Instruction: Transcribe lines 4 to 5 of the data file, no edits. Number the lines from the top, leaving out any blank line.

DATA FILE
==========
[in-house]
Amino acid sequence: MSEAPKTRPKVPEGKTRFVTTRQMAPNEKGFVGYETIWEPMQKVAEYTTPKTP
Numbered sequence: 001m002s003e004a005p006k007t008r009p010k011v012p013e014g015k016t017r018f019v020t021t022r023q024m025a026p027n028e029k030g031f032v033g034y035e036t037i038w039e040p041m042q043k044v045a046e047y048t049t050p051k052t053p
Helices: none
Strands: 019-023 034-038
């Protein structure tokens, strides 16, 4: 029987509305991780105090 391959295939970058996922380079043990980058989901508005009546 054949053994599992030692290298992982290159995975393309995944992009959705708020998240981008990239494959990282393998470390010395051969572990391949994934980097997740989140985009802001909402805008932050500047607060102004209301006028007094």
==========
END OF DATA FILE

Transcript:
Helices: none
Strands: 019-023 034-038